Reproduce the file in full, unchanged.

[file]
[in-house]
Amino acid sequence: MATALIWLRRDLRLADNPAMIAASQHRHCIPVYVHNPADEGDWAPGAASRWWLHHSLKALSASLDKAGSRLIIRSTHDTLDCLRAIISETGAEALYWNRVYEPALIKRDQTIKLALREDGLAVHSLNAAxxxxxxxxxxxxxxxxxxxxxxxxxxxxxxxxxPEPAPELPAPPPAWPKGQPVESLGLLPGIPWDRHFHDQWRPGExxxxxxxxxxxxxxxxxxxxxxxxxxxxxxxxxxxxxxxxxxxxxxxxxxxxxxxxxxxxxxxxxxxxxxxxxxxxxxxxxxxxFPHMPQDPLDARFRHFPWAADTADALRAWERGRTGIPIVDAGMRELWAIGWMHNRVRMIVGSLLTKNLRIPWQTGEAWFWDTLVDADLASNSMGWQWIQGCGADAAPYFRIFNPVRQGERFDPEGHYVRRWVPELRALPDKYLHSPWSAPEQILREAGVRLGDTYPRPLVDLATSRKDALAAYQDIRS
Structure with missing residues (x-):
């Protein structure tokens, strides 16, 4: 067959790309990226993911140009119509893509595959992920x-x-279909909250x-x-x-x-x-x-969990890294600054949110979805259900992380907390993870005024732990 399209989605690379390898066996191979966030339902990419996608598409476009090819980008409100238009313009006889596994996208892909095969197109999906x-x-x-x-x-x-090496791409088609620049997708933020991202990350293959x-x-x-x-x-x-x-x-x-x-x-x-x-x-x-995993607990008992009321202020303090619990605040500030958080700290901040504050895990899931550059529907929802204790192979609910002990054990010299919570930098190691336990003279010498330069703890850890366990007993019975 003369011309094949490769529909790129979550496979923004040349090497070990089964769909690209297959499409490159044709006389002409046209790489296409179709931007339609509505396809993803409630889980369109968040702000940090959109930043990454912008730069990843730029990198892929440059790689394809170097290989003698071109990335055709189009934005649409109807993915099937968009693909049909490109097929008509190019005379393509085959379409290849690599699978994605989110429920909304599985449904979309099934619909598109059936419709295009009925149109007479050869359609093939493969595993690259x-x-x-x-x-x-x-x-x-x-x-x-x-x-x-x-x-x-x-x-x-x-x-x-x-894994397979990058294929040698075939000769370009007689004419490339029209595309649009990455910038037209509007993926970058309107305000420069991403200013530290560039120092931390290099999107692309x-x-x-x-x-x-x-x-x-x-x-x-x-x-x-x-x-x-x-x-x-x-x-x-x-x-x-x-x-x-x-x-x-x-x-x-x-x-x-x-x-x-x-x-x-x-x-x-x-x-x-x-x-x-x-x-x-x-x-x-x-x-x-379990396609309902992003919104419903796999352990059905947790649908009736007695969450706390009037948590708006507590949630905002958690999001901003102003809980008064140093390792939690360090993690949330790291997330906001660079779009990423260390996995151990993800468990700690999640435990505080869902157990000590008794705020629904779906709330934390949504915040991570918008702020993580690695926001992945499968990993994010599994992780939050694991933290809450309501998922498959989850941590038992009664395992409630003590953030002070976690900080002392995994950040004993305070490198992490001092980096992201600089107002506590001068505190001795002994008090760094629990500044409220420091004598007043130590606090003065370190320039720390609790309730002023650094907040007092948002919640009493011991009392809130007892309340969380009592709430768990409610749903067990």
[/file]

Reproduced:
[in-house]
Amino acid sequence: MATALIWLRRDLRLADNPAMIAASQHRHCIPVYVHNPADEGDWAPGAASRWWLHHSLKALSASLDKAGSRLIIRSTHDTLDCLRAIISETGAEALYWNRVYEPALIKRDQTIKLALREDGLAVHSLNAAxxxxxxxxxxxxxxxxxxxxxxxxxxxxxxxxxPEPAPELPAPPPAWPKGQPVESLGLLPGIPWDRHFHDQWRPGExxxxxxxxxxxxxxxxxxxxxxxxxxxxxxxxxxxxxxxxxxxxxxxxxxxxxxxxxxxxxxxxxxxxxxxxxxxxxxxxxxxxFPHMPQDPLDARFRHFPWAADTADALRAWERGRTGIPIVDAGMRELWAIGWMHNRVRMIVGSLLTKNLRIPWQTGEAWFWDTLVDADLASNSMGWQWIQGCGADAAPYFRIFNPVRQGERFDPEGHYVRRWVPELRALPDKYLHSPWSAPEQILREAGVRLGDTYPRPLVDLATSRKDALAAYQDIRS
Structure with missing residues (x-):
């Protein structure tokens, strides 16, 4: 067959790309990226993911140009119509893509595959992920x-x-279909909250x-x-x-x-x-x-969990890294600054949110979805259900992380907390993870005024732990 399209989605690379390898066996191979966030339902990419996608598409476009090819980008409100238009313009006889596994996208892909095969197109999906x-x-x-x-x-x-090496791409088609620049997708933020991202990350293959x-x-x-x-x-x-x-x-x-x-x-x-x-x-x-995993607990008992009321202020303090619990605040500030958080700290901040504050895990899931550059529907929802204790192979609910002990054990010299919570930098190691336990003279010498330069703890850890366990007993019975 003369011309094949490769529909790129979550496979923004040349090497070990089964769909690209297959499409490159044709006389002409046209790489296409179709931007339609509505396809993803409630889980369109968040702000940090959109930043990454912008730069990843730029990198892929440059790689394809170097290989003698071109990335055709189009934005649409109807993915099937968009693909049909490109097929008509190019005379393509085959379409290849690599699978994605989110429920909304599985449904979309099934619909598109059936419709295009009925149109007479050869359609093939493969595993690259x-x-x-x-x-x-x-x-x-x-x-x-x-x-x-x-x-x-x-x-x-x-x-x-x-894994397979990058294929040698075939000769370009007689004419490339029209595309649009990455910038037209509007993926970058309107305000420069991403200013530290560039120092931390290099999107692309x-x-x-x-x-x-x-x-x-x-x-x-x-x-x-x-x-x-x-x-x-x-x-x-x-x-x-x-x-x-x-x-x-x-x-x-x-x-x-x-x-x-x-x-x-x-x-x-x-x-x-x-x-x-x-x-x-x-x-x-x-x-x-379990396609309902992003919104419903796999352990059905947790649908009736007695969450706390009037948590708006507590949630905002958690999001901003102003809980008064140093390792939690360090993690949330790291997330906001660079779009990423260390996995151990993800468990700690999640435990505080869902157990000590008794705020629904779906709330934390949504915040991570918008702020993580690695926001992945499968990993994010599994992780939050694991933290809450309501998922498959989850941590038992009664395992409630003590953030002070976690900080002392995994950040004993305070490198992490001092980096992201600089107002506590001068505190001795002994008090760094629990500044409220420091004598007043130590606090003065370190320039720390609790309730002023650094907040007092948002919640009493011991009392809130007892309340969380009592709430768990409610749903067990």